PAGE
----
Herbal supplement firm joins ‘1% for the Planet’ movement

If every FTSE 100 company joined the 1% for the Planet, there would be £10bn (€12.66bn) in extra funds for environmental projects.

UK herbal tea and supplement firm Pukka Herbs has joined the global 1% for the Planet movement, which sees companies donate at least 1% of their annual turnover to environmental NGOs.

Pukka Herbs will be donating the funds to NGOs including FairWild, the Soil Association, Sustrans and the Eden Project.

Pukka Herbs managing director and co-founder Tim Westwell said in a statement: “There has to be a step change if we’re going to work to address the global problem of climate change.

“We feel strongly that organisations like Pukka Herbs have a responsibility and, through 1% for the Planet, an opportunity to contribute to this. We’d love it if more companies joined us for the benefit of people, plants and planet.”

The estimated combined turnover of companies on the Financial Times Stock Exchange (FTSE) 100 Index is over £1 trillion (€1.27 trillion).

If every FTSE 100 company joined the 1% for the Planet, this would amount to £10bn (€12.66bn) in extra funds for environmental projects.  

Founded in 2002, the organisation now has over 1200 member companies in 48 different countries donating at least 1% of their annual turnover.

In 2012 the organisation surpassed $100m (€89.50m) in total donations to environmental causes.

However, within the health and wellness and food and beverage industries, the movement counts just two names in its ranks: US granola brand Purely Elizabeth and French plant-based supplement firm PotionM.

Should companies donate 1% of their annual turnover to environmental NGOs?
Yes! It's the least they can do
No, there are better ways of tackling climate change
Poll Maker





Related News

'Past debate around the protein system has been extremely polarising, but to make progress we need to move beyond that,' says Forum for the Future. © iStock.com / marilyna

The Protein Challenge 2040: Dairy and plant players join the sustainability dots

Plant-based proteins have been given more prominence over meat and dairy for sustainability reasons in the UK's new Eatwell dietary guidelines.  © Olgaman

Healthy diet, healthy planet: UK dietary advice backs plant proteins over meat & dairy

Bugs: FERA has conducted 'life-cycle analysis' of insect protein as human food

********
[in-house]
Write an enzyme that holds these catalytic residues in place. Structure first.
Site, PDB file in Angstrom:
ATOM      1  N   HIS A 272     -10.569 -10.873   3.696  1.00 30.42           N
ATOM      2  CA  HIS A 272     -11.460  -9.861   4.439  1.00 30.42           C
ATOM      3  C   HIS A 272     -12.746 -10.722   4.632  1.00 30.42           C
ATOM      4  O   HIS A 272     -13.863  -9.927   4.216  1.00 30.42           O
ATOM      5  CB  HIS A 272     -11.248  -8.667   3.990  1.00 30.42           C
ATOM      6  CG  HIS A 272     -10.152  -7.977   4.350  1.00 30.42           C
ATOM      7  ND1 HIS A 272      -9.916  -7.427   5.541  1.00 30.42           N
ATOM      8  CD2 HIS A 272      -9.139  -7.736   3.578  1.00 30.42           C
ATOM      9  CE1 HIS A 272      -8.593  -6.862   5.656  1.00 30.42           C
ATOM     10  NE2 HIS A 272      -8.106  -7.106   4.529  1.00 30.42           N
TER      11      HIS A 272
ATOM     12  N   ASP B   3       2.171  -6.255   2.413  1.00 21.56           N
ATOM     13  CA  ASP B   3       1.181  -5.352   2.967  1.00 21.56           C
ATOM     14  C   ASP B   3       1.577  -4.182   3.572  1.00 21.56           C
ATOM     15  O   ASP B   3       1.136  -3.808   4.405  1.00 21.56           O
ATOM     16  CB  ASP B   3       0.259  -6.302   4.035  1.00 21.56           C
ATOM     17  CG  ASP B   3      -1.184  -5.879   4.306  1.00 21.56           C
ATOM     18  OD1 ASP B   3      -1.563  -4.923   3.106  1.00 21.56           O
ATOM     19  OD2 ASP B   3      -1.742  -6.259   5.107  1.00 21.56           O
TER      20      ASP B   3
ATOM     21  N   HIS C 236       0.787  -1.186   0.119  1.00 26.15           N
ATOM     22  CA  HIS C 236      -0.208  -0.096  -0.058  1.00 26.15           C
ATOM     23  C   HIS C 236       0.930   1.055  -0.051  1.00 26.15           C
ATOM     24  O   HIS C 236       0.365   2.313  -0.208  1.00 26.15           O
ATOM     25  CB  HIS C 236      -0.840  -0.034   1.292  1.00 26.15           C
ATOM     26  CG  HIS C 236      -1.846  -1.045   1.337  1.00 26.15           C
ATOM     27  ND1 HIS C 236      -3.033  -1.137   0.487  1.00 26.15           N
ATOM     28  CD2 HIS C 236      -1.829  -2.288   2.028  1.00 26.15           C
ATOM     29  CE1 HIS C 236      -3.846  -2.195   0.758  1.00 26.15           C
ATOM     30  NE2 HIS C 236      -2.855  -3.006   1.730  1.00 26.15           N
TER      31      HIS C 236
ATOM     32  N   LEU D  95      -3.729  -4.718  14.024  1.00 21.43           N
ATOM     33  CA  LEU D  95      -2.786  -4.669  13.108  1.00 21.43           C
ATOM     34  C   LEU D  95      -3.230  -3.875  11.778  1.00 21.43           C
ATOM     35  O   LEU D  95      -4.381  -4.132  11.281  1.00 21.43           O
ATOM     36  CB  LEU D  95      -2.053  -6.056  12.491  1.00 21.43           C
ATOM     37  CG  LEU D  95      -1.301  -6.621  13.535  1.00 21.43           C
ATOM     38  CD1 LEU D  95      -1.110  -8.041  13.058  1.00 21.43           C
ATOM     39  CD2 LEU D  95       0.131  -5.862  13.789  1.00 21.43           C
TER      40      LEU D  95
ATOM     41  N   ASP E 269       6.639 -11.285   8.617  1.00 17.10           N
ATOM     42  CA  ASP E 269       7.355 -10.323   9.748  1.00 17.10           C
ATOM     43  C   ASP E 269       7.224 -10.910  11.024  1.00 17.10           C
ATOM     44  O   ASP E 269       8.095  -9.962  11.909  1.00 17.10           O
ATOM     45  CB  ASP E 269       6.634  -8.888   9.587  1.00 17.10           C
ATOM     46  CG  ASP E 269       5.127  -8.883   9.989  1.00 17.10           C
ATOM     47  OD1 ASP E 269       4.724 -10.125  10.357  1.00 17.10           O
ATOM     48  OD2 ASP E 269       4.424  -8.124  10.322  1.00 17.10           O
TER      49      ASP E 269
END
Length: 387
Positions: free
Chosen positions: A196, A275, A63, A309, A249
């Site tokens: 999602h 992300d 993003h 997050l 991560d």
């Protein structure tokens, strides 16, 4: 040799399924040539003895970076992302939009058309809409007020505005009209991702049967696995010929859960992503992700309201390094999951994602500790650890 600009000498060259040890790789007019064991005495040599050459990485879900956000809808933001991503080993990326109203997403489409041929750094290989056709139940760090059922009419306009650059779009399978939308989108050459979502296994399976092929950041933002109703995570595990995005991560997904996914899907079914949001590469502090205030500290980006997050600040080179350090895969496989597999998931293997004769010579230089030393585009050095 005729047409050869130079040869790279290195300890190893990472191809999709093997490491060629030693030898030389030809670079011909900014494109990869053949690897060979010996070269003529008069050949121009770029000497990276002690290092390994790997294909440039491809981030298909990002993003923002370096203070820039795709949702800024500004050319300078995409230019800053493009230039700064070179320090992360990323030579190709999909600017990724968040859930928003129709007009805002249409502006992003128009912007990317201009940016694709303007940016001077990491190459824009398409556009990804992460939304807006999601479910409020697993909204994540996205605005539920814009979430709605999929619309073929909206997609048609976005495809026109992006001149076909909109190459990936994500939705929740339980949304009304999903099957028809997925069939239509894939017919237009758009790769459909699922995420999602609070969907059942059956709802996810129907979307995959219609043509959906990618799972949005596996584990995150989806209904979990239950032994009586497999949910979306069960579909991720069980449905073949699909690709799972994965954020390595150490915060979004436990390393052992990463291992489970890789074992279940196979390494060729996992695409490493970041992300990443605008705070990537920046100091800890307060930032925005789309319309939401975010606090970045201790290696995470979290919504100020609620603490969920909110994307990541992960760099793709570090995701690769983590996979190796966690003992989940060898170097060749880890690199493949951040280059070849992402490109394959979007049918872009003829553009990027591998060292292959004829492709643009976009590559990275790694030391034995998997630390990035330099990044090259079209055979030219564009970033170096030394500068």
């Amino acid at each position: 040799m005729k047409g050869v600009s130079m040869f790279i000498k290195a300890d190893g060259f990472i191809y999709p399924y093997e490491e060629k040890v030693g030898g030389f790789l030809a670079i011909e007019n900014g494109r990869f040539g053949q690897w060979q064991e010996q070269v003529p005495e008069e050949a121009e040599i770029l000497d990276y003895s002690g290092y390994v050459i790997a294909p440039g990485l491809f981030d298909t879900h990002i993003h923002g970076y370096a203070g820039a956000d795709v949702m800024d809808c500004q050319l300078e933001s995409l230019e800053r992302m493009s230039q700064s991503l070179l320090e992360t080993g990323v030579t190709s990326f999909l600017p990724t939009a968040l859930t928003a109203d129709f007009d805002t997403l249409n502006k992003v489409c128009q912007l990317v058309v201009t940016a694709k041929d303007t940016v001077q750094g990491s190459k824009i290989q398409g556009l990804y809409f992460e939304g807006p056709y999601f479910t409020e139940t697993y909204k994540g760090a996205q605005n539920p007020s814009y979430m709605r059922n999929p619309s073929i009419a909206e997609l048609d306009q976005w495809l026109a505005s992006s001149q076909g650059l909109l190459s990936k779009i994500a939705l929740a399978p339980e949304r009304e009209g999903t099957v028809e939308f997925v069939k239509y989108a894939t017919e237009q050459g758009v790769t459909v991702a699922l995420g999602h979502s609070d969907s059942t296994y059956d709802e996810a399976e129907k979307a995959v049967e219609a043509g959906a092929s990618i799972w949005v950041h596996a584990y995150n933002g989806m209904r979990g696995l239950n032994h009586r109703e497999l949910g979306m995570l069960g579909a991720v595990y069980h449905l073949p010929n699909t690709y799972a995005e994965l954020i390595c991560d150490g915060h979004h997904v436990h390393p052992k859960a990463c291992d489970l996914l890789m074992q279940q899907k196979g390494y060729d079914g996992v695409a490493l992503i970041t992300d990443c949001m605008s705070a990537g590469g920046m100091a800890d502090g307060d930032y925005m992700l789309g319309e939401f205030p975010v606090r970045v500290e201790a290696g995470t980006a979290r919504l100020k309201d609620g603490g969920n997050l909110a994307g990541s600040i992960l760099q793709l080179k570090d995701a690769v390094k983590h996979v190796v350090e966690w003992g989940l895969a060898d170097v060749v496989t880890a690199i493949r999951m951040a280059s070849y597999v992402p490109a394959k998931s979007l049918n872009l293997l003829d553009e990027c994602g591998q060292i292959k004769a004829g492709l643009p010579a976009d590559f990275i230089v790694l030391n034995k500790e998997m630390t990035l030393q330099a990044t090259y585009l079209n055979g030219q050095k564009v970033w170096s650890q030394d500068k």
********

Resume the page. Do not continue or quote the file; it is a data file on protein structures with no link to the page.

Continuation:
Insect protein ‘economically viable’, scientists claim

© iStock

Meat substitutes market set to top €3.57 billion by 2016

From kale and quinoa, so-called superfoods often shoot to fame before disappearing. What does it take to give them staying power? © iStock / baibaz

What does it take to give a niche ingredient superfood staying power? A re-think of the supply chain

The deep sea. Dark, but abundant. © iStock.com / ShaneGross

‘No man’s water’: Deep sea holds huge untapped resources, but beware the gold rush

© iStock

Start-ups are inventing the future & big business needs to partner now: Unilever Foundry creator

“A responsible approach to seaweed production is critical to minimising the environmental and social footprint of commercial seaweed production.”

Global seaweed production standard gets green light

Sequencing the common bean’s genetic make-up is set to reap nutritional benefits expanding their use beyond the food industry. (© iStock.com)

Scientists unlock key to drought-resistant, nutrient-boosted beans

Submit a comment

Your comment has been saved

Post a comment

Please note that any information that you supply is protected by our Privacy and Cookie Policy. Access to all documents and request for further information are available to all users at no costs, In order to provide you with this free service, William Reed Business Media SAS does share your information with companies that have content on this site. When you access a document or request further information from this site, your information maybe shared with the owners of that document or information.